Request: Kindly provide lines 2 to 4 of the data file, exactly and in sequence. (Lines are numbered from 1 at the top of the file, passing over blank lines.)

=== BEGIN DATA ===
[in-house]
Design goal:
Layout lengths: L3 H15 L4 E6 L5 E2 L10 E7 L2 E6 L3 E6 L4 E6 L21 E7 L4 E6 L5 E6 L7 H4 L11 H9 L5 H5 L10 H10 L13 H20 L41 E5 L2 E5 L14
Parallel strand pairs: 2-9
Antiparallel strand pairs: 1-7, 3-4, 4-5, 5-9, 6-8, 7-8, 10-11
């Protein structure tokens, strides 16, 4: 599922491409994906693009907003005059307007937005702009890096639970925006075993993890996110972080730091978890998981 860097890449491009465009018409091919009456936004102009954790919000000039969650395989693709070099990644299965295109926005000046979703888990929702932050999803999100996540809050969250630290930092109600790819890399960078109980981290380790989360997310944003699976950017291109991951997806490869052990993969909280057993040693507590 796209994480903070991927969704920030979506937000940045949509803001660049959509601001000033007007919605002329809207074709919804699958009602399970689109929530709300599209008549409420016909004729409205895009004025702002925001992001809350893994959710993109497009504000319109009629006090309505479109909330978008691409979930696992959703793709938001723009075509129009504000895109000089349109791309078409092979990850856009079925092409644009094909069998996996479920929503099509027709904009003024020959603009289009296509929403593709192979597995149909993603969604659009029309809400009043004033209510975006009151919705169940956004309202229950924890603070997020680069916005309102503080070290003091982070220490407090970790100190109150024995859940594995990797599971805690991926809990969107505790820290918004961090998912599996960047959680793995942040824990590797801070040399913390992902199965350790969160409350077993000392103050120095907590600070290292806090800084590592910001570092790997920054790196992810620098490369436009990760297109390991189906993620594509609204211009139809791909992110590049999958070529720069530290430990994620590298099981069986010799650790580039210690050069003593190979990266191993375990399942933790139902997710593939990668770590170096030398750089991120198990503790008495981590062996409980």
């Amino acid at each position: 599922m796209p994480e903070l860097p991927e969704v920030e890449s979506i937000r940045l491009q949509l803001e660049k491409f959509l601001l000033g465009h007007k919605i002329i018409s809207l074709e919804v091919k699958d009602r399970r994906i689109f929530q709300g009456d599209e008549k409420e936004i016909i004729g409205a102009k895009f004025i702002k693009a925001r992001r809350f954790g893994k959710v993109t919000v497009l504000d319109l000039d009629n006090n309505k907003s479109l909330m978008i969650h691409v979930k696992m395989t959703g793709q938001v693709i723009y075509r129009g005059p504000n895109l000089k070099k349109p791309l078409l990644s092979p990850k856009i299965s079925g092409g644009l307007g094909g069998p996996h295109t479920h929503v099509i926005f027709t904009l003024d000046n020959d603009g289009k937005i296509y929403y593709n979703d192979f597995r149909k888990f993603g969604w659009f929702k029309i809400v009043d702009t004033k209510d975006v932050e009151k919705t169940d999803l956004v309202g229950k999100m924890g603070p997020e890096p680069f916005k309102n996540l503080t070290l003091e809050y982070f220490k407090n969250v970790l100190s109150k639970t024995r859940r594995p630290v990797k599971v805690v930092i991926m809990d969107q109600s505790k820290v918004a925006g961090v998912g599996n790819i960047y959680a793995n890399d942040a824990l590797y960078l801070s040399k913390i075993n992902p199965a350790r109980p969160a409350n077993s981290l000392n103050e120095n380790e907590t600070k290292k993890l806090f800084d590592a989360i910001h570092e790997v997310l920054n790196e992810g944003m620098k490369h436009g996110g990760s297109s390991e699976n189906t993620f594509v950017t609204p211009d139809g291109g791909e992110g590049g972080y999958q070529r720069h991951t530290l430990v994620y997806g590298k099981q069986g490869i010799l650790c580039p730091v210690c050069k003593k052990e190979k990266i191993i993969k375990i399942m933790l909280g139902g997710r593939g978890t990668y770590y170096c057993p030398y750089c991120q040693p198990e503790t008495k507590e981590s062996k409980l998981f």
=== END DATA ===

Design goal:
Layout lengths: L3 H15 L4 E6 L5 E2 L10 E7 L2 E6 L3 E6 L4 E6 L21 E7 L4 E6 L5 E6 L7 H4 L11 H9 L5 H5 L10 H10 L13 H20 L41 E5 L2 E5 L14
Parallel strand pairs: 2-9